Pulitzer also presents laboratory evidence (light to dark ratios across the canvas, X-rays, etc.) that his painting is a Leonardo. However, specific detail on the manner in which these studies were carried out, and by whom, is not provided. He writes: "I have no intention of cluttering up this book with too many technicalities and wish to make this chapter brief". No independent reports on the painting are cited in his text; he uses the pronoun "we" to describe the research conducted (along the lines of "we X-rayed the painting and found that..."). As his own Pulitzer Press then published these results, there is a lack of outside corroboration for his claims.
Hidden in a Swiss bank vault for 40 years, this version of the Mona Lisa was unveiled to the public on 27 September 2012, but Professor Martin Kemp of Oxford University immediately raised doubts about the status of the picture.
In October 2013, Jean Pierre Isbouts published a book entitled 'The Mona Lisa Myth' examining the history and events behind the Louvre and Isleworth paintings, a companion film is scheduled for release in March 2014.
“A mortal god.” This is how Vasari describes Raphael in the ‘Vite’. Even as a youth, Raphael (born Raffaello Santi), 1483-1520, displayed extraordinary artistic ability, and while still in his teens had already completed numerous assignments. In 1504 he came to Florence to hone his talents and for a short time became apprenticed to Leonardo da Vinci. While there, he produced a small pen and brown ink sketch of a young woman. Art historians and Leonardo experts are universally agreed that this drawing was directly influenced by the painting of Mona Lisa del Giocondo while Leonardo was actually working on it. The Mona Lisa Foundation believes, based on its research, that this sketch was based on the earlier ‘Mona Lisa‘, and this places the execution of this painting in the early 1500s.
Pen and ink sketch of a ‘Young Woman on a Balcony’ by Raphael, executed c. 1504 in Florence where he apprenticed himself for a time at Leonardo’s studio. The sketch was most likely directly influenced by Leonardo’s earlier version of the ‘Mona Lisa‘. The flanking columns, the background landscape and the youthful demeanor of the model serve to confirm this.
The striking inclusion of the columns dramatically underscores the fact that the painting as seen by Raphael, and on which Leonardo was working, had columns: this is a critical difference from the Paris version.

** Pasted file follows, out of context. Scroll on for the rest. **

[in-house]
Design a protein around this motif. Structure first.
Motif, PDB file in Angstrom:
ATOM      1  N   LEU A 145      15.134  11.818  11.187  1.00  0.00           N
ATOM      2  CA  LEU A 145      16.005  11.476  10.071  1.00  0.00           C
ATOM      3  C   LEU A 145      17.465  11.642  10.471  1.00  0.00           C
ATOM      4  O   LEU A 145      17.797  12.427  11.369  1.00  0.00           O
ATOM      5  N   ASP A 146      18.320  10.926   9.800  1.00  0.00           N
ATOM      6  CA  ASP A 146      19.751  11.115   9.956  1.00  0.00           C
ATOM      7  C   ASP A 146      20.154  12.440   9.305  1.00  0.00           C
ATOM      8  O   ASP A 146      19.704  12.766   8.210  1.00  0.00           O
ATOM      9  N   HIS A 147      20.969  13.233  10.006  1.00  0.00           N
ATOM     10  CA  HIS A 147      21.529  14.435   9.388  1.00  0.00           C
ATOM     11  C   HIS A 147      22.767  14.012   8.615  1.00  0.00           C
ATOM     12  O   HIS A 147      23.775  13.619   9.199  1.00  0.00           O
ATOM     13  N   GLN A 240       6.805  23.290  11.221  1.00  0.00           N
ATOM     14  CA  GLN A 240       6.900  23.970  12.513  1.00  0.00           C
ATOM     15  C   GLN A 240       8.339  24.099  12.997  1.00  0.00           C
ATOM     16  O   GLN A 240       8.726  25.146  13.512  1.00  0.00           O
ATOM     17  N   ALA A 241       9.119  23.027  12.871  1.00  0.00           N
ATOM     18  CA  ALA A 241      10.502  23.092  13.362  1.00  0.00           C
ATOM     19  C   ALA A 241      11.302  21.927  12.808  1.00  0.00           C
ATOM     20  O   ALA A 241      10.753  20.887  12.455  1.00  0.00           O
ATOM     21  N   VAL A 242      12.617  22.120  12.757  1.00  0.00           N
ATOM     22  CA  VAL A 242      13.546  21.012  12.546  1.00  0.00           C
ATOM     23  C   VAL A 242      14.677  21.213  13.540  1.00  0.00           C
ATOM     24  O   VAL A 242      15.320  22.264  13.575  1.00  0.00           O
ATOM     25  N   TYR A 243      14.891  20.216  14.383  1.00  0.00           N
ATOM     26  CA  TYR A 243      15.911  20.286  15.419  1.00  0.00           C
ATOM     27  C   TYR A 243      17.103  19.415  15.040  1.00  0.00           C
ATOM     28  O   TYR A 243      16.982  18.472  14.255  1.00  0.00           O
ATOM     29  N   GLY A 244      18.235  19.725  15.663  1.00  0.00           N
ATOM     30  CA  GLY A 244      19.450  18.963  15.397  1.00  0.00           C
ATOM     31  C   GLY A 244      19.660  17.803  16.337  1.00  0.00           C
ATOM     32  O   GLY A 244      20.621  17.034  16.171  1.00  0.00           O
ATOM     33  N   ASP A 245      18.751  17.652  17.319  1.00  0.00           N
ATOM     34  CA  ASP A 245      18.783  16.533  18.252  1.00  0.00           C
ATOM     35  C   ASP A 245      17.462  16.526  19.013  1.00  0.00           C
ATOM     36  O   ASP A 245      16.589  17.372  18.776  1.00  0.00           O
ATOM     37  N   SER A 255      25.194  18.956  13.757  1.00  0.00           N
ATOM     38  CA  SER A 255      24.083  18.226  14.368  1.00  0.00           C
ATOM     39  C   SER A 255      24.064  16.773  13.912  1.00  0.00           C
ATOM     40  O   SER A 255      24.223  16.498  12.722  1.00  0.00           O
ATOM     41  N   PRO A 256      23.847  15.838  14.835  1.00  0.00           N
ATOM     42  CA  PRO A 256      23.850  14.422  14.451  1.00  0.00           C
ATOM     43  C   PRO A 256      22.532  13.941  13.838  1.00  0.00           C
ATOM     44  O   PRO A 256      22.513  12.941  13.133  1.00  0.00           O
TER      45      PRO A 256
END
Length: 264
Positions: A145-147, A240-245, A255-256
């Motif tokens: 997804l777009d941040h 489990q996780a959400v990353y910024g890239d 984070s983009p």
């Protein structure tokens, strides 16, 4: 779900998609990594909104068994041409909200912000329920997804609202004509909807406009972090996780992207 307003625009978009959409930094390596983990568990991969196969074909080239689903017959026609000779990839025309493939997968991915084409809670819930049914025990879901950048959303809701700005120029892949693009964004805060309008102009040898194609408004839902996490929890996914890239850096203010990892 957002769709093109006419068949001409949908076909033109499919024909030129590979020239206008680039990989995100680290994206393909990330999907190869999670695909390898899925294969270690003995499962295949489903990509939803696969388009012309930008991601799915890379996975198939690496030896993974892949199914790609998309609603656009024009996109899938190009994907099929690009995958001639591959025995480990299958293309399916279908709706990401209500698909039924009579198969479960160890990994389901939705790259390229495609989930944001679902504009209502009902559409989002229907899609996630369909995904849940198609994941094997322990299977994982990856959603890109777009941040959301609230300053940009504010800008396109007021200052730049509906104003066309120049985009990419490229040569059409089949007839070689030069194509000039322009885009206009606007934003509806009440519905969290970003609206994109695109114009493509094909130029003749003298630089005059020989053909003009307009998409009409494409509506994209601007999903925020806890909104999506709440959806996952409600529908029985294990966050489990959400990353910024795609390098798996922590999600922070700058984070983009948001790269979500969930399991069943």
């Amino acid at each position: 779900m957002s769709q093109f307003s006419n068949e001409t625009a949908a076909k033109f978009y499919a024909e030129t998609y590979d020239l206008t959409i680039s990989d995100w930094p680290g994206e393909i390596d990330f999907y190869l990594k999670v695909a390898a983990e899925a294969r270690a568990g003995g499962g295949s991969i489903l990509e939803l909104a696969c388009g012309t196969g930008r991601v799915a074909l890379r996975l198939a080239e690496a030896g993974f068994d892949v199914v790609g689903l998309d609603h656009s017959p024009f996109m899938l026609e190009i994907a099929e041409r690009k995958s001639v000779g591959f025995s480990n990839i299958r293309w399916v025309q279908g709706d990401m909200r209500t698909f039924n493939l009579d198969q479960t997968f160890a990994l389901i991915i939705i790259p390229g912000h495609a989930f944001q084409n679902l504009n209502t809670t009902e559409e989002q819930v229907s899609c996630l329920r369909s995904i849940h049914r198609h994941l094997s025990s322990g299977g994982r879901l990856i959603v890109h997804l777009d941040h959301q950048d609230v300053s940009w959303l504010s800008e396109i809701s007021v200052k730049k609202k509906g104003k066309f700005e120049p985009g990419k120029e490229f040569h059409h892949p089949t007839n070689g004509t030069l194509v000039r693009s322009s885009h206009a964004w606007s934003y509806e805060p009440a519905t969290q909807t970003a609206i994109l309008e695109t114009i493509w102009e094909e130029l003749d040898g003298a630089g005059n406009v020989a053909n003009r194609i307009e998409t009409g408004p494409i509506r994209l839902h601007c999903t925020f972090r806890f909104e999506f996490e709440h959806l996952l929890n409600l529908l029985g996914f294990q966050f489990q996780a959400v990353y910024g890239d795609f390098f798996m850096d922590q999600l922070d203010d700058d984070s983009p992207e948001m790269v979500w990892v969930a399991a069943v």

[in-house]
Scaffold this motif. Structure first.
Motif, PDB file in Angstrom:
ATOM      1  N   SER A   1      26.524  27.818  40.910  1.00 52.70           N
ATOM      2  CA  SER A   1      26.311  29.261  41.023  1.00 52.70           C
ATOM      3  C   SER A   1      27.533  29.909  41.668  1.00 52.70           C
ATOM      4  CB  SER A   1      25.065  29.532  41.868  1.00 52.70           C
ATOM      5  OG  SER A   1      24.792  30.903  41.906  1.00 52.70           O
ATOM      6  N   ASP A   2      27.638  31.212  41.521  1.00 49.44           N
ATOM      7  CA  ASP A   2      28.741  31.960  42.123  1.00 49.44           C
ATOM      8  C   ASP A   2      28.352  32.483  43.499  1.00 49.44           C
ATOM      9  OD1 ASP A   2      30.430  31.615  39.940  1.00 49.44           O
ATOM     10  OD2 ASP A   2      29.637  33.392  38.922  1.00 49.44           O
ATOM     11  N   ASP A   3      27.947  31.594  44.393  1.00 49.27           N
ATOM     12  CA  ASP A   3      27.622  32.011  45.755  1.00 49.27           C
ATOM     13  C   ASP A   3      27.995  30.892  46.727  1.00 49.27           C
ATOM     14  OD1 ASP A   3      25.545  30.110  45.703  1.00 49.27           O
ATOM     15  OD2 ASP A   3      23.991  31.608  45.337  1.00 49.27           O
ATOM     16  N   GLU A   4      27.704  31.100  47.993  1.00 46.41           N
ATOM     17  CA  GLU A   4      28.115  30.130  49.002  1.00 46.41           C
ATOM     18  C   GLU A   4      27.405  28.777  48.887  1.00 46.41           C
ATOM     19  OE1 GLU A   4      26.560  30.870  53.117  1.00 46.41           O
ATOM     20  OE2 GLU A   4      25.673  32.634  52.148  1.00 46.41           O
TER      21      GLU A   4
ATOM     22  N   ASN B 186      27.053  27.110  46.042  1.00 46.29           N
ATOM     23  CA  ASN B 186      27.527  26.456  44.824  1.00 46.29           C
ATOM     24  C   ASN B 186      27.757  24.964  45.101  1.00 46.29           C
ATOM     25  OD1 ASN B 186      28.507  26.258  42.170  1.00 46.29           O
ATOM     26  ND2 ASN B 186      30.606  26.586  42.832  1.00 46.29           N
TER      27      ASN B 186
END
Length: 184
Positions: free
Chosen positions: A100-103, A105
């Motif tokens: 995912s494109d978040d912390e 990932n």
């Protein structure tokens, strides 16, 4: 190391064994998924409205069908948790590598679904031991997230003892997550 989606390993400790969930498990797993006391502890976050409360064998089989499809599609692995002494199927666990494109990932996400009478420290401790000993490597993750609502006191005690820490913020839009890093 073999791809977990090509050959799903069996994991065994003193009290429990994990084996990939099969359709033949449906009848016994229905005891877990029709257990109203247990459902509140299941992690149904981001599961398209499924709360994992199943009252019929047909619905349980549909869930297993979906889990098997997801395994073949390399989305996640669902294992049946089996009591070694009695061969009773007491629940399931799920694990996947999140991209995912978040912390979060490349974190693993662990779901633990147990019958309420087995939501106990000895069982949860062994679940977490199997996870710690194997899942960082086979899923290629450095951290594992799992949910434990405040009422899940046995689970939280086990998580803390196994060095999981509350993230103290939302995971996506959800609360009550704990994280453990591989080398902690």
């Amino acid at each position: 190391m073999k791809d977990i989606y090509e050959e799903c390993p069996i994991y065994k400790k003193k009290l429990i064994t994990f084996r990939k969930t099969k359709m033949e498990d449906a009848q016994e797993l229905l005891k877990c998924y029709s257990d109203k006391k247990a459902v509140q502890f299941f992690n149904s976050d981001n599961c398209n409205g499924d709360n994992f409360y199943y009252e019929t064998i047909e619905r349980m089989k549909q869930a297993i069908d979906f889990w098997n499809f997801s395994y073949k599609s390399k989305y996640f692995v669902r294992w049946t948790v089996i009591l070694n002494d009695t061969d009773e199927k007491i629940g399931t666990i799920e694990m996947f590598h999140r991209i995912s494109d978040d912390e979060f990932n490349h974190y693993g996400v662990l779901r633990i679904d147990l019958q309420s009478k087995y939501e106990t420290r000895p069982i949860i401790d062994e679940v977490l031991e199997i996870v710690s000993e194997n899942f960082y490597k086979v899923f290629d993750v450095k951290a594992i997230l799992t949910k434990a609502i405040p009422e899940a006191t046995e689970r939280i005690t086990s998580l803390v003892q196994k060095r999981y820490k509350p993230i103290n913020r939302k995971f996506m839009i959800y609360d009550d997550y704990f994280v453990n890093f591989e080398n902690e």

Sachi Parker was born in Los Angeles the only child of actress Shirley MacLaine and businessman Steve Parker (1922-2001). At age two, she was sent to Japan to live with her father. During the summer and at holidays, she visited her mother; they posed together on the cover of the February 9, 1959 issue of Life Magazine. Her uncle is actor Warren Beatty. Parker taught skiing in New Zealand, became a waitress in Hawaii, then spent five years as a stewardess for Qantas Airways and a brief time as an au pair in Paris. In 1981 she returned to Los Angeles and decided to become an actress. Parker's work includes television appearances on Star Trek: The Next Generation, Equal Justice and Alien Nation, and small film roles in Stick, About Last Night..., Peggy Sue Got Married and Bad Influence. She has also done small local theater. She starred in the 2009 Japanese film The Witch of the West Is Dead, which showed at the Palm Springs International Film Festival. On February 7, 2013, Penguin Group USA published Parker's autobiography Lucky Me: My Life With – and Without – My Mom, Shirley MacLaine. MacLaine has called the book "virtually all fiction".
Using the Akashic Records, it's easy to connect Sachi Parker with Raphael's sketch, or the Isleworth Mona Lisa, or Lisa del Giocondo - even, all three!
But what of the Louvre's Mona Lisa? The figure of the Isleworth Mona Lisa closely resembles that of the Mona Lisa, being identically composed and lit. However, there are differences. Is it the same sitter? Or was one a woman and the other a man? For now, the mystery remains unsolved.